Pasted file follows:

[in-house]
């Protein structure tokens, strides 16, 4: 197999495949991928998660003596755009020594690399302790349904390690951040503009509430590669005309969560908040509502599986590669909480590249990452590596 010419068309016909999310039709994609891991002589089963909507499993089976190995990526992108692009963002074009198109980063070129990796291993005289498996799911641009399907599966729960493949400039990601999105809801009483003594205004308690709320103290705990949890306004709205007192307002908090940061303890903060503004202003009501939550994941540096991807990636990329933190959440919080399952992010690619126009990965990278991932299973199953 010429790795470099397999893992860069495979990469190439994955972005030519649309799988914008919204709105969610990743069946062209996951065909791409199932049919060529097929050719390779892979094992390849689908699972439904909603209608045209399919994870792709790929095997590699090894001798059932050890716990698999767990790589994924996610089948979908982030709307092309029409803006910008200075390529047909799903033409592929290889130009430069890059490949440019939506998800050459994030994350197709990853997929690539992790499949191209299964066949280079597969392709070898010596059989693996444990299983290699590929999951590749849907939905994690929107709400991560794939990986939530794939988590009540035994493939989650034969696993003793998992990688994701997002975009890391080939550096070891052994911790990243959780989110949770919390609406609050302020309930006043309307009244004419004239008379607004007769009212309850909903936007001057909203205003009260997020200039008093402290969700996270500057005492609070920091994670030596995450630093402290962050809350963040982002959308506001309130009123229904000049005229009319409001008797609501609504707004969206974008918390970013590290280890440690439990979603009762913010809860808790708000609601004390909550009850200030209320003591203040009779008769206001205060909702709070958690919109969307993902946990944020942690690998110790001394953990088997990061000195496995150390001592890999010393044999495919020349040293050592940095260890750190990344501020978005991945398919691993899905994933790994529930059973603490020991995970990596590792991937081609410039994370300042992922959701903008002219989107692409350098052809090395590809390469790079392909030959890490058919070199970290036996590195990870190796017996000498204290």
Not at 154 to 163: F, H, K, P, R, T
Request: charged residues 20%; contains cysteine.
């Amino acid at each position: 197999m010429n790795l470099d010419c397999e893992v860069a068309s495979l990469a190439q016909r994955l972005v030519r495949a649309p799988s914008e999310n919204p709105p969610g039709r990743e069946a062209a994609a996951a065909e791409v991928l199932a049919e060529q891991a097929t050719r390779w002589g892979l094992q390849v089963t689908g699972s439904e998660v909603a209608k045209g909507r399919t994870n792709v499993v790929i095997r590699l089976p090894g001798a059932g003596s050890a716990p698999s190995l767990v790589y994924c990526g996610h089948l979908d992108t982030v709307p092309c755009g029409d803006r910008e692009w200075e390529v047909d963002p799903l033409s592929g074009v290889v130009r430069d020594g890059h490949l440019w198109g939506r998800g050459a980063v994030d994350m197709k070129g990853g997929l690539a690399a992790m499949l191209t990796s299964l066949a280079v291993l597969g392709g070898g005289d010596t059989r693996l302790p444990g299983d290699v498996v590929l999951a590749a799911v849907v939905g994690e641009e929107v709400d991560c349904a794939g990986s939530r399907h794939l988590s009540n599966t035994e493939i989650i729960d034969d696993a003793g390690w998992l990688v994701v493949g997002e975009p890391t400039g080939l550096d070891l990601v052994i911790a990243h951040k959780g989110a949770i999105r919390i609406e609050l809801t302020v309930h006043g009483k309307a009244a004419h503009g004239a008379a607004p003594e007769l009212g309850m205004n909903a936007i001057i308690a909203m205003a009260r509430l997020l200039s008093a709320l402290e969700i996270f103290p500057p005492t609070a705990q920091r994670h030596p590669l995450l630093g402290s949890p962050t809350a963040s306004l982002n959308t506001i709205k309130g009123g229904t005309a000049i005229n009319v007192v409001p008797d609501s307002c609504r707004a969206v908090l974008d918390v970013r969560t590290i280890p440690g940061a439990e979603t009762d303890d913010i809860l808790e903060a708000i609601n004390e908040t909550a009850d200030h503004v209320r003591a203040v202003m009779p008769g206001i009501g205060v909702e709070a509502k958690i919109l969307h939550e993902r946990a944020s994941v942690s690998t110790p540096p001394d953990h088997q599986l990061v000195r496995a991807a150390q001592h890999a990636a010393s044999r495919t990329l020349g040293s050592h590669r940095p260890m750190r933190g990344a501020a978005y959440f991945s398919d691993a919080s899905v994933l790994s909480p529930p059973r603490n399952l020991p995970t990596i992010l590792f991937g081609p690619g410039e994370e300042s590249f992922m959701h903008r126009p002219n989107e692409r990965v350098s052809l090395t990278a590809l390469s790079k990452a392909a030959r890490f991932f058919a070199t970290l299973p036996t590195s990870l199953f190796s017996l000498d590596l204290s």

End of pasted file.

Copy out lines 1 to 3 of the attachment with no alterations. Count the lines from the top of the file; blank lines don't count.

[in-house]
């Protein structure tokens, strides 16, 4: 197999495949991928998660003596755009020594690399302790349904390690951040503009509430590669005309969560908040509502599986590669909480590249990452590596 010419068309016909999310039709994609891991002589089963909507499993089976190995990526992108692009963002074009198109980063070129990796291993005289498996799911641009399907599966729960493949400039990601999105809801009483003594205004308690709320103290705990949890306004709205007192307002908090940061303890903060503004202003009501939550994941540096991807990636990329933190959440919080399952992010690619126009990965990278991932299973199953 010429790795470099397999893992860069495979990469190439994955972005030519649309799988914008919204709105969610990743069946062209996951065909791409199932049919060529097929050719390779892979094992390849689908699972439904909603209608045209399919994870792709790929095997590699090894001798059932050890716990698999767990790589994924996610089948979908982030709307092309029409803006910008200075390529047909799903033409592929290889130009430069890059490949440019939506998800050459994030994350197709990853997929690539992790499949191209299964066949280079597969392709070898010596059989693996444990299983290699590929999951590749849907939905994690929107709400991560794939990986939530794939988590009540035994493939989650034969696993003793998992990688994701997002975009890391080939550096070891052994911790990243959780989110949770919390609406609050302020309930006043309307009244004419004239008379607004007769009212309850909903936007001057909203205003009260997020200039008093402290969700996270500057005492609070920091994670030596995450630093402290962050809350963040982002959308506001309130009123229904000049005229009319409001008797609501609504707004969206974008918390970013590290280890440690439990979603009762913010809860808790708000609601004390909550009850200030209320003591203040009779008769206001205060909702709070958690919109969307993902946990944020942690690998110790001394953990088997990061000195496995150390001592890999010393044999495919020349040293050592940095260890750190990344501020978005991945398919691993899905994933790994529930059973603490020991995970990596590792991937081609410039994370300042992922959701903008002219989107692409350098052809090395590809390469790079392909030959890490058919070199970290036996590195990870190796017996000498204290």
Not at 154 to 163: F, H, K, P, R, T